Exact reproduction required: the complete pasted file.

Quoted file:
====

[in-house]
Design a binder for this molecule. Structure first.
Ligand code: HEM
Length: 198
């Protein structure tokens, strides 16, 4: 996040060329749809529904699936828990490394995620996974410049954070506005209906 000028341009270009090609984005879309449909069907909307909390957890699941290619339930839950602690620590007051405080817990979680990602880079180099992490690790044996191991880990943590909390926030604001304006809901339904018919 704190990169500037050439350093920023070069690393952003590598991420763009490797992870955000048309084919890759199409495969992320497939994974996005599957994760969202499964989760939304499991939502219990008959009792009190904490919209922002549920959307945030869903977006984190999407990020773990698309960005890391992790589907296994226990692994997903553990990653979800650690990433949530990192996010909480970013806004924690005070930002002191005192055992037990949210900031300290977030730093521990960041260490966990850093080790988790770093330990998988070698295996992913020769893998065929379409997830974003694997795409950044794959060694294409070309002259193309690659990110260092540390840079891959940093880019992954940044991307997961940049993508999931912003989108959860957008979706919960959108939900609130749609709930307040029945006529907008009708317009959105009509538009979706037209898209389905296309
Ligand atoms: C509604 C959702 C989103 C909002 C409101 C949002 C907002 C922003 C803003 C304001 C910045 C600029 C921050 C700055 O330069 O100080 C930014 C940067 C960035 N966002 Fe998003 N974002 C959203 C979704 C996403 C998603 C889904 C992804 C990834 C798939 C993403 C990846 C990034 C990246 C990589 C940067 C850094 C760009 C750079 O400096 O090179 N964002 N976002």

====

[in-house]
Design a binder for this molecule. Structure first.
Ligand code: HEM
Length: 198
């Protein structure tokens, strides 16, 4: 996040060329749809529904699936828990490394995620996974410049954070506005209906 000028341009270009090609984005879309449909069907909307909390957890699941290619339930839950602690620590007051405080817990979680990602880079180099992490690790044996191991880990943590909390926030604001304006809901339904018919 704190990169500037050439350093920023070069690393952003590598991420763009490797992870955000048309084919890759199409495969992320497939994974996005599957994760969202499964989760939304499991939502219990008959009792009190904490919209922002549920959307945030869903977006984190999407990020773990698309960005890391992790589907296994226990692994997903553990990653979800650690990433949530990192996010909480970013806004924690005070930002002191005192055992037990949210900031300290977030730093521990960041260490966990850093080790988790770093330990998988070698295996992913020769893998065929379409997830974003694997795409950044794959060694294409070309002259193309690659990110260092540390840079891959940093880019992954940044991307997961940049993508999931912003989108959860957008979706919960959108939900609130749609709930307040029945006529907008009708317009959105009509538009979706037209898209389905296309
Ligand atoms: C509604 C959702 C989103 C909002 C409101 C949002 C907002 C922003 C803003 C304001 C910045 C600029 C921050 C700055 O330069 O100080 C930014 C940067 C960035 N966002 Fe998003 N974002 C959203 C979704 C996403 C998603 C889904 C992804 C990834 C798939 C993403 C990846 C990034 C990246 C990589 C940067 C850094 C760009 C750079 O400096 O090179 N964002 N976002």